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  1. ITV Report

West Country responds to Hurricanes Irma and Maria

Parts of the British Virgin Islands have been devastated by the hurricanes. Photo: Adrian Bashija

Efforts are taking place across the West Country to heal the wounds inflicted by Hurricanes Irma and Maria.

A number of individuals and companies from the region are fundraising and coordinating humanitarian support for the British Virgin Islands.

Plymouth-based warship HMS Ocean is due to arrive in the Caribbean to deliver much-needed aid.

HMS Ocean is arriving with aid from the UK and Gibraltar. Credit: Royal Navy

Simon Roberts from Salcombe had been living in the British Virgin Islands for 15 years before the hurricane season arrived.

Hurricanes Irma and Maria destroyed his family home.

Mr Roberts took his children back to his mother's home in Salcombe.

A carpenter by profession, he has teamed up with fellow BVI resident Leo Whiting.

They have started a project that hopes to find other UK tradesmen to bring back to help with the rebuilding effort.

Mr Roberts recorded a video message showing the devastation at his BVI home. Credit: Simon Roberts

In Helston, Cornish charity Shelterbox have been at work for weeks.

Shelterbox says the second disaster has complicated an already extensive operation.

We were getting our teams and our aid into position to respond to the first hurricane, when we got the warning and the notice that Hurricane Maria was going to come through, and that meant we had to make sure our teams were safe because they were right in the path of this thing.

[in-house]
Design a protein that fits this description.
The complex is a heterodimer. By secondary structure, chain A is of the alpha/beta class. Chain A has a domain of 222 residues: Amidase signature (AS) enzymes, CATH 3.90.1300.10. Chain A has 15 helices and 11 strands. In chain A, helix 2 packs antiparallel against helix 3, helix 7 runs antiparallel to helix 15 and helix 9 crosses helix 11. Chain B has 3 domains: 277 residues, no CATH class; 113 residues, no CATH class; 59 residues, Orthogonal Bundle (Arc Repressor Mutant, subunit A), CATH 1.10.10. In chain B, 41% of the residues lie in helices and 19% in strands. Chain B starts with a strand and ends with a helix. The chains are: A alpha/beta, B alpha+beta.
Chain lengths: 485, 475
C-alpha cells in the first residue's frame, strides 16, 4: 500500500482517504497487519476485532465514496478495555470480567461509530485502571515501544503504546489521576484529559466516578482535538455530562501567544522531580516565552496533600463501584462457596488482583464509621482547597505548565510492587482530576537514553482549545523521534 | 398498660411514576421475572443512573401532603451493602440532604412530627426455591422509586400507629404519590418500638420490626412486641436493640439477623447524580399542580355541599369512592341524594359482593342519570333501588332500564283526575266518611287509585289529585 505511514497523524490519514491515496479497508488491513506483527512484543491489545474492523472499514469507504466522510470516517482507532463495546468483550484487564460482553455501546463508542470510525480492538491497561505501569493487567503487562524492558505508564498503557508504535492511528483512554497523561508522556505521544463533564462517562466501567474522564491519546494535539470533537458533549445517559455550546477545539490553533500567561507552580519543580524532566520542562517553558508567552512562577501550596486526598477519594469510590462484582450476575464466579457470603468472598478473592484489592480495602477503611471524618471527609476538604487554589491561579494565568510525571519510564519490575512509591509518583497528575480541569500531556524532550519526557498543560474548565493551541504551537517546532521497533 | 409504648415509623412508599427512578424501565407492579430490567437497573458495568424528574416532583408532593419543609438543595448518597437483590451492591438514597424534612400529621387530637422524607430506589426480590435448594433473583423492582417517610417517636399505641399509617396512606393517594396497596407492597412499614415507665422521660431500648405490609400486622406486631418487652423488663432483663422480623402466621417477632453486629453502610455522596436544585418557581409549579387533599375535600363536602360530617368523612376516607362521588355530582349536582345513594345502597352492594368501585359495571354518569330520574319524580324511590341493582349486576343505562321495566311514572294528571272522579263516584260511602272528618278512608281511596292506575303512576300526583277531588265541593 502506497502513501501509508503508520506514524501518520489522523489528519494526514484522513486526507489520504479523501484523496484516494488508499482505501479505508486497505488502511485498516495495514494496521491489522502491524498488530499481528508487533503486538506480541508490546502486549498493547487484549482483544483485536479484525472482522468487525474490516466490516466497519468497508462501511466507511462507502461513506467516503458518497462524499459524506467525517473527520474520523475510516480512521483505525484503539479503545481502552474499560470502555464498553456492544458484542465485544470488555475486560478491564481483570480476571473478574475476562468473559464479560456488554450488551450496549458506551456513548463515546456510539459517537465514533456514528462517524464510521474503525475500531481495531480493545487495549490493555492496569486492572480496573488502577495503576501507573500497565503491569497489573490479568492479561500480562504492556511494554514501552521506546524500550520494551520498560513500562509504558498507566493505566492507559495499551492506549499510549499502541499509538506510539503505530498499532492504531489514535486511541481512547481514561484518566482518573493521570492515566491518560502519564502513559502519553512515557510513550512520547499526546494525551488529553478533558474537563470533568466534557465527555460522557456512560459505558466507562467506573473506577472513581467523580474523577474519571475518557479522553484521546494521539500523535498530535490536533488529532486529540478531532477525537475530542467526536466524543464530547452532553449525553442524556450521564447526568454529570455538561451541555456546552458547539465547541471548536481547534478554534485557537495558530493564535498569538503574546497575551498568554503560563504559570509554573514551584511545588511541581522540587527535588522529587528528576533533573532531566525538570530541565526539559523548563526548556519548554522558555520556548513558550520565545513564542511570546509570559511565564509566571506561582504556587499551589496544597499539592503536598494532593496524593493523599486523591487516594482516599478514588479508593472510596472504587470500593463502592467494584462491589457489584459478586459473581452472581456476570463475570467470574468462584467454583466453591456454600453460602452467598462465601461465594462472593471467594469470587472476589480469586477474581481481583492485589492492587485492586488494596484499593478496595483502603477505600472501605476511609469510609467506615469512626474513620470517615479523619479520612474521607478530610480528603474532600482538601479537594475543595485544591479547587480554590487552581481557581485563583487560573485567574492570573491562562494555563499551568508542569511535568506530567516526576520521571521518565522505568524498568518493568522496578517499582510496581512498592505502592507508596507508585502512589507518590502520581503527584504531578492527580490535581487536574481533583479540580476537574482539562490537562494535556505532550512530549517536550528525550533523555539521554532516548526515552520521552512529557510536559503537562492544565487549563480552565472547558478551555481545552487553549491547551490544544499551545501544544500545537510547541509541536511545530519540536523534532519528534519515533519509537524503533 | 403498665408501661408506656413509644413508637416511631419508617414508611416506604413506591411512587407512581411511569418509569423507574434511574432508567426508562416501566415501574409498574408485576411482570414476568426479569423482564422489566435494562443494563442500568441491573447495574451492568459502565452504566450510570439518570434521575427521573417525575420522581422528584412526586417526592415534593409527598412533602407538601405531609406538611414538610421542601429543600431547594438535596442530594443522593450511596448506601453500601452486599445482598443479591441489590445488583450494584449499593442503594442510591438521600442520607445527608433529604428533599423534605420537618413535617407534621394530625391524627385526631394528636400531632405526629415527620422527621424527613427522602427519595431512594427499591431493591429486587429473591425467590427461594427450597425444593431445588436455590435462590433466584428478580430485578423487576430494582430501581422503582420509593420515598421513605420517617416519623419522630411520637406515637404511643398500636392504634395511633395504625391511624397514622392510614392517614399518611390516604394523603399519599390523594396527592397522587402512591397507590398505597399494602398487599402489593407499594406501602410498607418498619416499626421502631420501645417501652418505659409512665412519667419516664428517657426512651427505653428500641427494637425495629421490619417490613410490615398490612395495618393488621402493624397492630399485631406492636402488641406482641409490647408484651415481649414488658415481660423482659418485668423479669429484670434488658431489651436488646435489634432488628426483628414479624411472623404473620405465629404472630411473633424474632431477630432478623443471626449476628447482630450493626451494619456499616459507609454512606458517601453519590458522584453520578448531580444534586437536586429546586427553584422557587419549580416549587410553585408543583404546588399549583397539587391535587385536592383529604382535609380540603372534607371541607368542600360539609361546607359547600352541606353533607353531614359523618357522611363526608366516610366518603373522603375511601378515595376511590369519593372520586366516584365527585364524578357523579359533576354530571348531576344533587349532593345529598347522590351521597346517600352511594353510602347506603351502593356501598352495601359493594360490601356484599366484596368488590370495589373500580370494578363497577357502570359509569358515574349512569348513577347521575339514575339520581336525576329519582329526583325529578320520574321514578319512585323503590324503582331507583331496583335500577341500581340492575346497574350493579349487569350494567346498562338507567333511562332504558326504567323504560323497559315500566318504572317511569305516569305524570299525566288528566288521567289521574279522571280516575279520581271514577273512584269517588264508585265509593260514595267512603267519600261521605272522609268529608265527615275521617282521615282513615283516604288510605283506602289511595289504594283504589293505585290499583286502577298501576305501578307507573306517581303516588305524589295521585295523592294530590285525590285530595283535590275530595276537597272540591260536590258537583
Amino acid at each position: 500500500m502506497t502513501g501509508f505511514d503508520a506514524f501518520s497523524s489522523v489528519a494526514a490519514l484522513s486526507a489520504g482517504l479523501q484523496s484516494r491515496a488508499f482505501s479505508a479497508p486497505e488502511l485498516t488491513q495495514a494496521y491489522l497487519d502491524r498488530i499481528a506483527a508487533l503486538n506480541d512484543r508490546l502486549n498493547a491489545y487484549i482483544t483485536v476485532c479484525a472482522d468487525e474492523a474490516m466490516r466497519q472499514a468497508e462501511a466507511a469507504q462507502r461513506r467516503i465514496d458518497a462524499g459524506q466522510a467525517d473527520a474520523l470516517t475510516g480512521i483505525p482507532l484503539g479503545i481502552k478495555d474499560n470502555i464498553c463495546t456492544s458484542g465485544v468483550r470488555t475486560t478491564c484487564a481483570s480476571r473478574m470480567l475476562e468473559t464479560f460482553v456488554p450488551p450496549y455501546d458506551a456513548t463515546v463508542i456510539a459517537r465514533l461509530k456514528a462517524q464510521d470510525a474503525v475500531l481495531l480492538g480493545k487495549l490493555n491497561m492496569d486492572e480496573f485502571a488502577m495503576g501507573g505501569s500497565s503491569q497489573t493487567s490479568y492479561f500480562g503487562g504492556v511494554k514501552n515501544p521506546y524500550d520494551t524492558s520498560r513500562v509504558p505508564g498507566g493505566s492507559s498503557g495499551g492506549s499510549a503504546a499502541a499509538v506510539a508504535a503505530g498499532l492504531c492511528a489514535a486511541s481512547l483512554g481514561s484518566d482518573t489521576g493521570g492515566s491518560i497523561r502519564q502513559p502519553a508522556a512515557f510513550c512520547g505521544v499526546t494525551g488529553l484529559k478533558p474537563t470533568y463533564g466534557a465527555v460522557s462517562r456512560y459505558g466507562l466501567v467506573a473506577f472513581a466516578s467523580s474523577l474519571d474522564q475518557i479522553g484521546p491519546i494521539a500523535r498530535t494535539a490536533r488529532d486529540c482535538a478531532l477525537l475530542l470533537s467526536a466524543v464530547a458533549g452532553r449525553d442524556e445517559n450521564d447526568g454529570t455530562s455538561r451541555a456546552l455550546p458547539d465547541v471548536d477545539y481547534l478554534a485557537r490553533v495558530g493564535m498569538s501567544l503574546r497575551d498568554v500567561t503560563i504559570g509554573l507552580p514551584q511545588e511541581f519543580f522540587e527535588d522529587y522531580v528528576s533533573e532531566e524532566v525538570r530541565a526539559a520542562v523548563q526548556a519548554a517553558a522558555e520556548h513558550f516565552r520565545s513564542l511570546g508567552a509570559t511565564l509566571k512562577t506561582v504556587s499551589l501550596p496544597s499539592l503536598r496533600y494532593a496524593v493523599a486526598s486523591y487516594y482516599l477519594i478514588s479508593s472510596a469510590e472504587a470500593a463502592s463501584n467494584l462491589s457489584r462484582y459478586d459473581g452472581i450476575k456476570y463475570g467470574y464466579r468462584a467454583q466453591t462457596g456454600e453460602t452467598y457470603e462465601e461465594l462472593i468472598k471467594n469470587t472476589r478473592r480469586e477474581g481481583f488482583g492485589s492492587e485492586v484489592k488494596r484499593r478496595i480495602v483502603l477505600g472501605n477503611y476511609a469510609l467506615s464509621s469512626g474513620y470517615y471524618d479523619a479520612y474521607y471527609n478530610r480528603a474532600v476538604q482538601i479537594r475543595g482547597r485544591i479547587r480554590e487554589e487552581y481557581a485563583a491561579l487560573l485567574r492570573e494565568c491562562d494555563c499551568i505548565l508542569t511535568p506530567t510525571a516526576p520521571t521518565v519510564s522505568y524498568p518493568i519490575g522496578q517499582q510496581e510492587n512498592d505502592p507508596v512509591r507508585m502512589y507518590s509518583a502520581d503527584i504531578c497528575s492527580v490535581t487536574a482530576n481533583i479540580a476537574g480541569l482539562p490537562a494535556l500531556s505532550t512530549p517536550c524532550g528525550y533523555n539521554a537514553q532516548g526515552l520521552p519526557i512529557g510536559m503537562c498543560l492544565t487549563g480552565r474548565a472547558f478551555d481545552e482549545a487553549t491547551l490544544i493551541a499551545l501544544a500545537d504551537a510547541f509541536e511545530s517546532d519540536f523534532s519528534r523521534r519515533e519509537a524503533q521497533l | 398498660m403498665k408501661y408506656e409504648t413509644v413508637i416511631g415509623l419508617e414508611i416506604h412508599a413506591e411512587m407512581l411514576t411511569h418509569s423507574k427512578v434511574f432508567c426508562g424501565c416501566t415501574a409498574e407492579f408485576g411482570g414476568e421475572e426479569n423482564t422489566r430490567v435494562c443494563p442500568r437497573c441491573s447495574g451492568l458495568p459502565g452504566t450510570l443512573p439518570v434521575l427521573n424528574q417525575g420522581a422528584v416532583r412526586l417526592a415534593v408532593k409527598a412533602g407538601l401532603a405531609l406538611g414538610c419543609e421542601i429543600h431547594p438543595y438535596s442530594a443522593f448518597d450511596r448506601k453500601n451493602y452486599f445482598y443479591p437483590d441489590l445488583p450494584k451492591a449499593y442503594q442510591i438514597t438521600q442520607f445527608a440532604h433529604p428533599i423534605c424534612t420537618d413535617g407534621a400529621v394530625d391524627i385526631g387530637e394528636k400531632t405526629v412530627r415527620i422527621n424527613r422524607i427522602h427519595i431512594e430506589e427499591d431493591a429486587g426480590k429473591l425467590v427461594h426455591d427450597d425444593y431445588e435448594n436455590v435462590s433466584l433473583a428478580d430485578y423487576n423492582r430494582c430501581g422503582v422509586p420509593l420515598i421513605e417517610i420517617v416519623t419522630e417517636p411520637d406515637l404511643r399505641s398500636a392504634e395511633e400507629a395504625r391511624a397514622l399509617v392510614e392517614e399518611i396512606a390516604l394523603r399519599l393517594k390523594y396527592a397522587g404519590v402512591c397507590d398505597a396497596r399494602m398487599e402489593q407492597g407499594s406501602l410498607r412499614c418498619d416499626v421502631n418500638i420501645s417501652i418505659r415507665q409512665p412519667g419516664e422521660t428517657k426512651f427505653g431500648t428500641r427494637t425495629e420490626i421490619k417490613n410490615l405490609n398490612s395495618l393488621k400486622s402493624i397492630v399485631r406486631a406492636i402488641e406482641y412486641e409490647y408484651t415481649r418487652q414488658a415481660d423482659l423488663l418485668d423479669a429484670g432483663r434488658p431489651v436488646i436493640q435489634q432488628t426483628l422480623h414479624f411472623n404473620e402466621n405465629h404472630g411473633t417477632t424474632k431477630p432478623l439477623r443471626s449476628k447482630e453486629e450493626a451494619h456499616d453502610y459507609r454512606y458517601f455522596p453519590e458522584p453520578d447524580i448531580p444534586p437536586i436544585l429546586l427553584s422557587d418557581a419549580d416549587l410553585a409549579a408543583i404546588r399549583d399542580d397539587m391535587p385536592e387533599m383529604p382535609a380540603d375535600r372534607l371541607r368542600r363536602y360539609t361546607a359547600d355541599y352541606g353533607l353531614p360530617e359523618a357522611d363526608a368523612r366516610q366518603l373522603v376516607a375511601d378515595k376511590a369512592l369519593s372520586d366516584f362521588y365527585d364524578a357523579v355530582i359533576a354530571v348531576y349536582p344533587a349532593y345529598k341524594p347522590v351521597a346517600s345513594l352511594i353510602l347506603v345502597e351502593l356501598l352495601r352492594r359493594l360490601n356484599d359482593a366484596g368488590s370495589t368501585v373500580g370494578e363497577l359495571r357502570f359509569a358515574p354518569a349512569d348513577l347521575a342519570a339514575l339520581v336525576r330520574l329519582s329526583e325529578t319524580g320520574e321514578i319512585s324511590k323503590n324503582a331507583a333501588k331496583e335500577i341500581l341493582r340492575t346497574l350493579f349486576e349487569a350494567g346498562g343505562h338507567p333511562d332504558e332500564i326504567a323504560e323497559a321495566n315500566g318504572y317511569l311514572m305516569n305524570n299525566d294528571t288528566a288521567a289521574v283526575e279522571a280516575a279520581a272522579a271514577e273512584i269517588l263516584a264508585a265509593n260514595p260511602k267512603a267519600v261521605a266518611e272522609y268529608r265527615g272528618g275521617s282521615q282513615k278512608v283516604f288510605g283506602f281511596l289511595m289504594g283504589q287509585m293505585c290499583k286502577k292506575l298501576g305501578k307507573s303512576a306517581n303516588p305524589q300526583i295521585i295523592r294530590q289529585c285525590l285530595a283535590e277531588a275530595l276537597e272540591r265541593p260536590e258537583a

– James Luxton, Special Deployments Lead, Shelterbox

The charity says it is not just the initial storms that they need to be aware of when distributing aid.

With the aid we've had to move it to higher ground, get it away from those storm surges which are the most dangerous element of a hurricane often, and into more substantial warehousing so it doesn't become part of the debris thats flying around the storm and part of the damage.

– James Luxton, Special Deployments Lead, Shelterbox
Shelterbox is providing crates full of essentials to be sent to BVI. Credit: ITV West Country

Other less tangible effects of a natural disaster are the inevitable loss of law and order.

With many police officers unable to get to work, Maria left British citizens in need of protection.

Police in Somerset have answered that call.

Chief Constable Andy Marsh is leading the international policing effort, sending over a team including four South West officers to support the Islands' force.

As soon as a hurricane struck, and I heard there were British citizens from the UK and those based locally, in some distress, some issues around crime, law and order, safety, I made an offer to the Home Office saying how can we possibly help.

– Andy Marsh

The Chief Constable says there are sixty officers deployed in total and he is pleased British police forces are able to help.

I'm really proud of what they're doing, because it's really tough over there. There's no hot water, they've got limited fresh water, the ration packs are cold, but actually they're making a difference, and doing some valuable work so they're happy.

– Andy Marsh
Chief Constable Andy Marsh says sixty officers have been deployed. Credit: ITV News

With the islands' tourism industry battered, the main source of income has been cut.

Jim Scott is coordinating a large volunteer group from his home in Somerset.

Mr Scott lived and worked in Tortola for 19 years.

He says longer term a lot of help is needed to help rebuild the BVI economy.

A lot of people have lost their jobs, they've lost their businesses, they've lost their livelihoods. All of that has to be rebuilt, as well as the individuals' lives that are out there. Long term, we want to bring the BVI back and make it as beautiful, and as welcome, and as wonderful as it always has been.

– Jim Scott
The islands' industries have been massively affected by the disasters. Credit: ITV News